I took this book with me on my Hawaiian getaway! I didn’t get it finished while over there, but I did finish it!
‘American Gods‘ by Neil Gaiman was published in mid 2001. It’s a modern, end-of-the-world, gods-are-real-and-they’re-in-America, epic saga. It can be quite graphic at times. [you can buy a copy here!]
The novel follows Shadow, a recently freed convict, as his life takes a turn for the interesting. He meets a man who introduces himself as Mr. Wednesday; Wednesday warns Shadow that a storm is coming, and that he needs his help to stop it.
I just knew this book was going to be weird. It’s Neil Gaiman, of course it’s going to be weird. That’s a given. It truly was a crazy ride. You start off not really 100% understanding what’s going on, but I felt like that really added to the mystery and my ability to relate to the main character, Shadow.
Shadow himself is a strange guy too. He seems really laid back, and he’s basically just trying to go along with things so that he doesn’t die or get into worse trouble. He accepts the things that he can’t change, instead tries to understand them. Plenty of people call him stupid and then later realise their mistake. This is because he’s quiet, and he tends to make decisions that others in his situation wouldn’t; although in the end he’s almost always better for it. All of these decisions culminate in him surviving though. And in me really liking him.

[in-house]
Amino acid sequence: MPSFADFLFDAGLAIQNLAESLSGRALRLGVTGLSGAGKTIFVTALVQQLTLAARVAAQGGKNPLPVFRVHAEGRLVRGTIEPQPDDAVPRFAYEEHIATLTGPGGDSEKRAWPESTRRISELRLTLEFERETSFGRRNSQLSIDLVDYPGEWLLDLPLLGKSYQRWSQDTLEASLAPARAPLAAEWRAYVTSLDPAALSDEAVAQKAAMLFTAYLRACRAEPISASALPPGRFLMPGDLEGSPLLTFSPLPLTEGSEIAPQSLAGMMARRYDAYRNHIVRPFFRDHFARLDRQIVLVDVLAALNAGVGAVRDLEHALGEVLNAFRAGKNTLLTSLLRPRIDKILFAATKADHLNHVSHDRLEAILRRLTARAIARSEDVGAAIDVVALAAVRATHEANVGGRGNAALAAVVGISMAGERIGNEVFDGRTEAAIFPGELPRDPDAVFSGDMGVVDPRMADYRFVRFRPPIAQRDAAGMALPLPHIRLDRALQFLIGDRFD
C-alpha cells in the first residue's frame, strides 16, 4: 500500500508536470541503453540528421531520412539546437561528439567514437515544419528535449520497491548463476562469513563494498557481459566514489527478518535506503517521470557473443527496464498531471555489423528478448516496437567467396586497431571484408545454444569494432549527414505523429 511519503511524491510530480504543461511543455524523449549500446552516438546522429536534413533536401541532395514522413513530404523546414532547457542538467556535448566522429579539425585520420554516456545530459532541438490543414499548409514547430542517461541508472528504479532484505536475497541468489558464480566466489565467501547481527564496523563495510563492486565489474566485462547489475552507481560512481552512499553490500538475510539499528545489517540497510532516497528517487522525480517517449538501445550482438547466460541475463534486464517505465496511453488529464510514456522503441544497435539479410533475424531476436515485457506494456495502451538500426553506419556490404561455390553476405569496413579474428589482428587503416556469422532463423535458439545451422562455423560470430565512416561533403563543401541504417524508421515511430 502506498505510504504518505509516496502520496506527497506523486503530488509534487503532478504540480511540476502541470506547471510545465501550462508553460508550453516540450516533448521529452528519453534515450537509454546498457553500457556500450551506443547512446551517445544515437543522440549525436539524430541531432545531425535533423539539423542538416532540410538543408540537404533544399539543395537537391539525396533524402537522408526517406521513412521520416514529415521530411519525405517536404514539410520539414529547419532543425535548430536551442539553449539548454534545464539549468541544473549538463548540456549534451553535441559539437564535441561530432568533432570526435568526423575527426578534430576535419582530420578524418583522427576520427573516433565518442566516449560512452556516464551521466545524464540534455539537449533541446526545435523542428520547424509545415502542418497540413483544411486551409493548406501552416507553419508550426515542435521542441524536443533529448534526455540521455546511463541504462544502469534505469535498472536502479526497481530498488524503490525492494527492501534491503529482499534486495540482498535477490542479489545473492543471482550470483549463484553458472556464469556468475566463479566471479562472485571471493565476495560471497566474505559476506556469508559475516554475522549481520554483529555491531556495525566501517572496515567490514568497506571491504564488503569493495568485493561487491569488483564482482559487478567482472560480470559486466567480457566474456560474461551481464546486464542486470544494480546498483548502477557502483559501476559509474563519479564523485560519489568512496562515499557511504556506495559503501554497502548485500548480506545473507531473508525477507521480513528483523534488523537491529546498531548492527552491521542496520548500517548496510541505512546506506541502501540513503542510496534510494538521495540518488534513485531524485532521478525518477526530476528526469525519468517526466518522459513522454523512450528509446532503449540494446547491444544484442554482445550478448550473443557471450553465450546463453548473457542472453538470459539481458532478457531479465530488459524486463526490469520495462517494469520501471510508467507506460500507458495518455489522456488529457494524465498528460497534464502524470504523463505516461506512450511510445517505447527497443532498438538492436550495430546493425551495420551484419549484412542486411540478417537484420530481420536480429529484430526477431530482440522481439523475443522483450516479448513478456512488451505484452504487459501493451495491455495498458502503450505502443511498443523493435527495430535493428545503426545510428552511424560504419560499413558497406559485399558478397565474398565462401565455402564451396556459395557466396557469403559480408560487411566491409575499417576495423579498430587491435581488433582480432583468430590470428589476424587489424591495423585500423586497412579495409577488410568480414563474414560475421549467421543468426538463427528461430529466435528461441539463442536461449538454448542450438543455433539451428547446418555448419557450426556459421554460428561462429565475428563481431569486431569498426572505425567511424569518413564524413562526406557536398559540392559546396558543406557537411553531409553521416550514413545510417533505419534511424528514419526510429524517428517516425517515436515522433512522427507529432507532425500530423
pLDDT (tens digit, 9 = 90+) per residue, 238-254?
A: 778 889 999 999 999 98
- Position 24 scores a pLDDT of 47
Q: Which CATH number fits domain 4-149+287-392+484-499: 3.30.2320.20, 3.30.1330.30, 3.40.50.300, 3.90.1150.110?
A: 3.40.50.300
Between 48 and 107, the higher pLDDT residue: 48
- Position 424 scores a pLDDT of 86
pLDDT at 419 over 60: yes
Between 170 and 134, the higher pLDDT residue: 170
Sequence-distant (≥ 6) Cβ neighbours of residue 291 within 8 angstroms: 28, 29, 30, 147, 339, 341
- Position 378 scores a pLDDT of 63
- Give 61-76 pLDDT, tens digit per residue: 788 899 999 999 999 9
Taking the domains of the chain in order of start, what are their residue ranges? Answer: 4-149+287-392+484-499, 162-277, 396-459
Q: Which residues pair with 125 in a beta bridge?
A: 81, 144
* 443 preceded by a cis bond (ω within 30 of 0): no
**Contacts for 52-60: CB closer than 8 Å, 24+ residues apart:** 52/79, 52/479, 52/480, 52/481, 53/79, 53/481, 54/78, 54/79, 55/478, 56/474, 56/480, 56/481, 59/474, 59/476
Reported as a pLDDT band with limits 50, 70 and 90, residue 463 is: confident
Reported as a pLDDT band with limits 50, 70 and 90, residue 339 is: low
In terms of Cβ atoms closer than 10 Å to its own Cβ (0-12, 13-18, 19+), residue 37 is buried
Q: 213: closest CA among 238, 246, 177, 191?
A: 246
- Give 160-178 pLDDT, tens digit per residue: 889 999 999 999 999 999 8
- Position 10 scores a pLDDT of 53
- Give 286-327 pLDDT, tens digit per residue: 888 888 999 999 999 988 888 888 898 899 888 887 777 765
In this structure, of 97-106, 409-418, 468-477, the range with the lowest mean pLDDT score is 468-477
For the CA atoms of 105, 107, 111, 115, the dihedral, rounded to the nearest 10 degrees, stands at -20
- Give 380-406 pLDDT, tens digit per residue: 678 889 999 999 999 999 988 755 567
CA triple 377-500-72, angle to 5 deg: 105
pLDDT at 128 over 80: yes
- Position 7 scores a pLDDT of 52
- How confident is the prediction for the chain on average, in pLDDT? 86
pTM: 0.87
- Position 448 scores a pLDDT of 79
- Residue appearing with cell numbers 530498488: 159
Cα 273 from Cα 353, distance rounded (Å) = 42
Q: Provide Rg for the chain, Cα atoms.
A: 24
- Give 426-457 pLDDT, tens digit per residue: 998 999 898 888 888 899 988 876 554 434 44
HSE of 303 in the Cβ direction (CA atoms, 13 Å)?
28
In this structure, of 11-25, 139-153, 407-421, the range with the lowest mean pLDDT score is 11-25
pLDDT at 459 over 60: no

The entire concept, of gods in America, was pretty simple. Definitely done before, but in a very very different fashion (think Riordan). I don’t know how Gaiman does it, but he weaves this complex, yet realistic, story about these wacky characters and circumstances that make you go, “Wait, what? That could totally be happening right beneath our noses!”.
The tone of the book is quite dark, but it never feels completely devoid of hope. And I think that’s something I really liked about it. The world is ending, the gods are going to war with each other, but we might just make it out of this.
The execution of ideas, and the foreshadowing, and the character development, was wonderful. We see snippets of the past, of how certain gods and folk figures came to be in America. I thought these really added an extra layer of depth to the story, and helped to remind us of how much these gods and folk figures once meant to people.
And seriously, the gods and folk figures. Ugh! They’re just so amazingly characterised. I won’t say too much, because that would spoil it. But they were just so tangible.
I really can’t wait for the TV show, which shall be based on the novel. It’s coming out in 2017, and I can easily see how it could be adapted. It’s just one of those stories.
Shadow. There’s just something about him that I like. And I can easily imagine Ricky Whittle playing him.
Ohh this is hard. I’ll go with a bit near the end that made me laugh out loud, really loud. When a certain someone takes a bite out of a McDonald’s Apple Pie, and it’s really hot.
“It doesn’t matter that you didn’t believe in us,” said Mr Ibis. “We believed in you.”
Another review is in the works, so please let me know what you thought of my review of “American Gods”. If you’ve read it, let me know what you thought in the comments below!